Aug 182007

A Wizard, A True Star

On Day 2 of Rock Town Hall’s groundbreaking series on a reappreciation of The Beatles’ long-dismissed Magical Mystery Tour album on the strength of the 1971 German true stereo release we ask you to open your minds and hearts to the pleasures of one of the most-despised Beatles songs, Paul McCartney’s cloying “The Fool on the Hill”.

The Beatles, “The Fool on the Hill” (German true stereo mix)

The space that the true stereo version grants to the arrangement of this song helps greatly. I’ve always thought of this album as the most psychedelic of Beatles albums (and please don’t Pince Nez me on the album’s history as a collected ep and singles), and the true stereo mix increases the “head” appeal, let’s the mood of each song better seep into one’s consciousness, man. Previously unaccessible nooks and crannies of “The Fool on the Hill” – the slightly out of tune mellotron parts, the woodwinds and whatnot, the gentle rhythm guitar and piano – open up. Suddenly, it’s like one of those weird, wonderful songs from Roy Wood’s Boulders that only I and another half dozen people on the planet seem to get. McCartney actually delivers a heartfelt vocal, although I can do without the second “Ohhhhh…round and round…” part on the fadeout. Even in true stereo the song has worn out its welcome by this point.

The true stereo mix does not help the lyrics. It’s too bad he couldn’t have written some gibberish; this would have topped most of the filler songs on Pink Floyd’s Piper at the Gates of Dawn. Speaking of McCartney lyrics, I’m reminded of a morning last week, when I played my wife the recent McCartney album for the first time, and four songs in she said, “OK, enough of this! When’s he going to try to write lyrics that have something to do with an adult man’s life?” Then she quoted a particularly bad lyric that just pushed her past her limits. “Can’t he take lessons from Nick Lowe?” God, I love my wife – in true stereo, fake stereo, mono, you name it.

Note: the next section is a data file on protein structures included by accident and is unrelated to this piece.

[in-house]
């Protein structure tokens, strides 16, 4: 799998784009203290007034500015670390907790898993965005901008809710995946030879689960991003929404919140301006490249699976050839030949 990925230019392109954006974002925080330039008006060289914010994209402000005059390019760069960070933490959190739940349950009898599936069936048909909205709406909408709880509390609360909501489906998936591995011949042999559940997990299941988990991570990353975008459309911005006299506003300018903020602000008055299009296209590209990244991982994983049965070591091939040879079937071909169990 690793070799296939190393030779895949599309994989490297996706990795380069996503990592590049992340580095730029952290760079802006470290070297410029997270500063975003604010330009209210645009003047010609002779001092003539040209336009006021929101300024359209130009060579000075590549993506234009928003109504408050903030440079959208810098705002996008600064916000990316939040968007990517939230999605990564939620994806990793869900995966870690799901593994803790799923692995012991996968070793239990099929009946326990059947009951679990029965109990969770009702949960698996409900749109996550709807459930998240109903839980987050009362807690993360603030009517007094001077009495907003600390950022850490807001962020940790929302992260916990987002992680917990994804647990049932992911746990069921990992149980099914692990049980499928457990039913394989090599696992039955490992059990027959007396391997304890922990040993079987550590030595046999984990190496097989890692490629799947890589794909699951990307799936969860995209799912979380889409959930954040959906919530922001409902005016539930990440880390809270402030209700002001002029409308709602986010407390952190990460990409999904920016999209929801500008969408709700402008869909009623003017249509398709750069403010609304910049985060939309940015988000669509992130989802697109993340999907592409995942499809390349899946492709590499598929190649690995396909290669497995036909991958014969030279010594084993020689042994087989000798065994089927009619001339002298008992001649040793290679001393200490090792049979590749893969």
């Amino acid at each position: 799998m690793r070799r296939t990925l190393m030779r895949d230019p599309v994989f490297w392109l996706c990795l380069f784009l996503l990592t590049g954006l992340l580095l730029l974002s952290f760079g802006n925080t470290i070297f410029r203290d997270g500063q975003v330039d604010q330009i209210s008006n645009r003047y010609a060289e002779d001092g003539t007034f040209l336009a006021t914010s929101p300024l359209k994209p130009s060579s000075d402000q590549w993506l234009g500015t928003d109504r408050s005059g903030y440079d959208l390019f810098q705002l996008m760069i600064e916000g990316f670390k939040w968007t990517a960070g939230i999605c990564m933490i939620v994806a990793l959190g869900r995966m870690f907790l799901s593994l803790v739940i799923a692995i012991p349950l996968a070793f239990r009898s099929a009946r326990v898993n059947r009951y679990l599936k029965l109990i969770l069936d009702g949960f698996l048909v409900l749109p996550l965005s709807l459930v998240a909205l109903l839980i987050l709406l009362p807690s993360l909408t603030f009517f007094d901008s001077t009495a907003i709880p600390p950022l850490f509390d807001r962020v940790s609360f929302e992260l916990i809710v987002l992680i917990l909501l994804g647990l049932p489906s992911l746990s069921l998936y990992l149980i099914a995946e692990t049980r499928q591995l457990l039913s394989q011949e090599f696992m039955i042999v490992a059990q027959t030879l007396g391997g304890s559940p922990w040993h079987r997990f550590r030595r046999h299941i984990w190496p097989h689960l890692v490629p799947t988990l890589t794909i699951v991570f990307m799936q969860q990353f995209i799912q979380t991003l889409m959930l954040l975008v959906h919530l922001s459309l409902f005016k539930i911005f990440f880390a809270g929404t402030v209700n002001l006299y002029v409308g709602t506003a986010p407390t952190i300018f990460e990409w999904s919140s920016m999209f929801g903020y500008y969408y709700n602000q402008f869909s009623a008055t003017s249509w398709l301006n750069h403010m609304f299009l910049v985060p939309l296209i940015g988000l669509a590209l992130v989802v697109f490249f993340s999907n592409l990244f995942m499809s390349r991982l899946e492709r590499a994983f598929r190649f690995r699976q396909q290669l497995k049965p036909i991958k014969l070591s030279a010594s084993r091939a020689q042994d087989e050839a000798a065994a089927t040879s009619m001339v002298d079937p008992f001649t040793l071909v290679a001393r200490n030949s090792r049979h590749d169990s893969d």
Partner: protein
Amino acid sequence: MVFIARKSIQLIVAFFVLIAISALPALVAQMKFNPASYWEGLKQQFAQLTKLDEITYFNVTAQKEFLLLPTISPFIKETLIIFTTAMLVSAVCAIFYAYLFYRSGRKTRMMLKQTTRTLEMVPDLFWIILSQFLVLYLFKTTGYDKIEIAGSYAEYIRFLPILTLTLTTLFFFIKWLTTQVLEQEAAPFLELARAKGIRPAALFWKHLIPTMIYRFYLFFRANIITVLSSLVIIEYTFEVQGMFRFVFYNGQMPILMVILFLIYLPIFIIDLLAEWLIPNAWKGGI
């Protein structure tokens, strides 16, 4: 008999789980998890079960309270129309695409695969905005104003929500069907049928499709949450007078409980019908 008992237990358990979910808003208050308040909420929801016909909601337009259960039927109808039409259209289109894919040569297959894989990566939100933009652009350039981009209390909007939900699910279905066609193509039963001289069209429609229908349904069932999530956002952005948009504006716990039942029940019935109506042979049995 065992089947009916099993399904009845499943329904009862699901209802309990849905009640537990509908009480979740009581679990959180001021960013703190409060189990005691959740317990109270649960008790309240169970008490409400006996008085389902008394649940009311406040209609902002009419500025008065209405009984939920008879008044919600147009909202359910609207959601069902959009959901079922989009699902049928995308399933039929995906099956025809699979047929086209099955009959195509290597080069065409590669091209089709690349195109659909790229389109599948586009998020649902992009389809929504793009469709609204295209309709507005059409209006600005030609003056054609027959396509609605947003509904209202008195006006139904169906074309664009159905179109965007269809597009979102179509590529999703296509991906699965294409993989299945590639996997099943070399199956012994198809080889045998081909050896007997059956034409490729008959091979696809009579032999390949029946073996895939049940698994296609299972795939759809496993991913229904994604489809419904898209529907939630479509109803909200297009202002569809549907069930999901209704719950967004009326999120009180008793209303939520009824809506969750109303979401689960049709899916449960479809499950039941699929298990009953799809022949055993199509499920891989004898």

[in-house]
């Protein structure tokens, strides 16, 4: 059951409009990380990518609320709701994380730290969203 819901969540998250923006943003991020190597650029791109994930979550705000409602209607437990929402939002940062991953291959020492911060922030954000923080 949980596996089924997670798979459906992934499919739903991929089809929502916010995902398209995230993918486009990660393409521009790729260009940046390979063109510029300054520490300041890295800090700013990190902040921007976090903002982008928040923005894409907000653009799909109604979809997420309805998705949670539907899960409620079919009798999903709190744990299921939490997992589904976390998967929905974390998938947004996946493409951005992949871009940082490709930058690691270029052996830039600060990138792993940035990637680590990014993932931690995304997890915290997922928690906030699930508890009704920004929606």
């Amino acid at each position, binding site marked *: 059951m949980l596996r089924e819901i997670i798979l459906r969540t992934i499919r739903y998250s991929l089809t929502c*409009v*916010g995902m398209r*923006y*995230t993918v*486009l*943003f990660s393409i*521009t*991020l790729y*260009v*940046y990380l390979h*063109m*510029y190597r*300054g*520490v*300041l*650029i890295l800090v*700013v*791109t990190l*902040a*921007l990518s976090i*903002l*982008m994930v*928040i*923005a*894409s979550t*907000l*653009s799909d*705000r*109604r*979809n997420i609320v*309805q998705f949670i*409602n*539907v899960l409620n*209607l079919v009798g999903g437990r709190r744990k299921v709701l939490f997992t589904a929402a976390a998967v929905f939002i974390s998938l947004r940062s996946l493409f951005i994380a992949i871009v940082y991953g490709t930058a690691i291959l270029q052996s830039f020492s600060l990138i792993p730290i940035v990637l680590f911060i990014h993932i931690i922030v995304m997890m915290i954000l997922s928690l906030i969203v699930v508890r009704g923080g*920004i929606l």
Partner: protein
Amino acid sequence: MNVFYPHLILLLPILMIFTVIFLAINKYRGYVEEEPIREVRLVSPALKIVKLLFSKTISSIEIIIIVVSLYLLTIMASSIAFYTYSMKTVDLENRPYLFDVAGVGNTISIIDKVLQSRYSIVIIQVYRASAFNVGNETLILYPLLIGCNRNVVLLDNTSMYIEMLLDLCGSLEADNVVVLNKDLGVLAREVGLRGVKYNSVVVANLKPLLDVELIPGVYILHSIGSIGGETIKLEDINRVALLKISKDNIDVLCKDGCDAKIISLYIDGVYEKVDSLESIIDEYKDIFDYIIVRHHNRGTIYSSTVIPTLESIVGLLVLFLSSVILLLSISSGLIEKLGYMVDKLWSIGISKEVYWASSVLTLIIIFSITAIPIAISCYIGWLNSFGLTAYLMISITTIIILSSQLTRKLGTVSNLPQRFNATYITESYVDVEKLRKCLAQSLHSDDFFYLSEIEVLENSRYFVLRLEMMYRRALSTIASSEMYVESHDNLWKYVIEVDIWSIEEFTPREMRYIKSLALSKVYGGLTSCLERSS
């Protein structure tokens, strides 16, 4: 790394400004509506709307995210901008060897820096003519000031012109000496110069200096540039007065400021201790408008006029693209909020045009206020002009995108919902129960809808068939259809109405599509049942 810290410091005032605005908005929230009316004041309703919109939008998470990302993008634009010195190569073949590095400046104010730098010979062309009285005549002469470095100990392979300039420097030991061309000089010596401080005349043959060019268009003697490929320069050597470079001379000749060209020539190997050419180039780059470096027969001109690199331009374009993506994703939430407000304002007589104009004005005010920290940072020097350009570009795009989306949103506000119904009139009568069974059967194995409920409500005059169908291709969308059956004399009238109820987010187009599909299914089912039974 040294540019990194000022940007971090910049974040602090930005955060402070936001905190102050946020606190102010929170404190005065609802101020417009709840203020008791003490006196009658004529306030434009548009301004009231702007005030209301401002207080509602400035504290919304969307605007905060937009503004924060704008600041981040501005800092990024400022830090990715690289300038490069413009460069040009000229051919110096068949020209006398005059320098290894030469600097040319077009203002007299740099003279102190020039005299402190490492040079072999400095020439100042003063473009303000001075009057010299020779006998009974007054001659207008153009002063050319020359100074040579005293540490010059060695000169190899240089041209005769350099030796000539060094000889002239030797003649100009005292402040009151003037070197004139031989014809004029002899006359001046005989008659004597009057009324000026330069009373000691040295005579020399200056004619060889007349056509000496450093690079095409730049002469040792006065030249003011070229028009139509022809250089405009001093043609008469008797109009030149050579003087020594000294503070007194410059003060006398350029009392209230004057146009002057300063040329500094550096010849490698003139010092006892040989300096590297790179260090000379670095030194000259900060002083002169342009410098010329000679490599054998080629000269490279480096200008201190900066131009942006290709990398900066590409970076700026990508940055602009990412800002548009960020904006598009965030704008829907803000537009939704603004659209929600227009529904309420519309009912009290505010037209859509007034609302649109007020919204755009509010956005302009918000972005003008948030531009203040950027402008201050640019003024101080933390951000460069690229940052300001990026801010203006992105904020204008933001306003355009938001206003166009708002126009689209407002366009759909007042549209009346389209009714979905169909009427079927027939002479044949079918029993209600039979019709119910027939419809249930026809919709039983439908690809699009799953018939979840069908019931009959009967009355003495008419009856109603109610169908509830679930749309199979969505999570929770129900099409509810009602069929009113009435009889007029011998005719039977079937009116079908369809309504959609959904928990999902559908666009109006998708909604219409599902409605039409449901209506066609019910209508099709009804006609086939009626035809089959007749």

3 Responses to ““The Fool on the Hill”…In True Stereo”

  1. BigSteve

    Mr Mod wrote:

    Previously unaccessible nooks and crannies of “The Fool on the Hill” – the slightly out of tune mellotron parts, the woodwinds and whatnot…

    From what I’m reading on the intrnets, there’s no mellotron on Fool on the Hill. The flutey chords that are used as accompaniment are three breathing flautists. Then the ‘flute’ solo is a recorder played by Paul. The reedy sound in a harmonica played by George.

    What I can’t figure out what makes the weird fluttery sound at around 2:40.

  2. Mr. Moderator

    Ciao, regazzi è reggazze!

    I know this track is going to be difficult to confront, so you will have an extra day to contemplate it before track 3 of this album hits. Please confront it.

    BigSteve, thanks for pointing out that what I thought was a mellotron (due to the wobbly tones among the multiple flutes) were in fact real woodwinds. I have been rightly Pince Nezed.

    Thanks as well to RTH Labs and Sally C. Nice timing, Sally!

    Be well, and keep this joint rocking. I will check in later.

  3. alexmagic

    Of all the alternate versions of their songs I’ve heard, the ones with pieces I’ve since wished ended up in the released versions are the “somehow someway”/“I need your love” parts on the Anthology “Got To Get You Into My Life” and the piano intros from the early versions of “Fool On the Hill” that were eventually dropped. I think it would have helped the chorus balance out against the “ohhhh…round and round” part a little more, setting the table the darker tone that wants to be in the song but loses the fight to the recorder. Anyway, harmonica as impromptu jug band, that has to earn some points.

    Is this least used Paul Voice from his bag o’voices? I kind of think this is the singing voice closest to his actual speaking voice at the time, maybe filtered through a cold. Probably missing something, but I can think of “Mother Nature’s Son,” the “Joe Prairies and the Prairie Wallflowers!” bit between “Step Inside Love” and “Los Paranoias” on Anthology 3 and on “Venus and Mars,” maybe.

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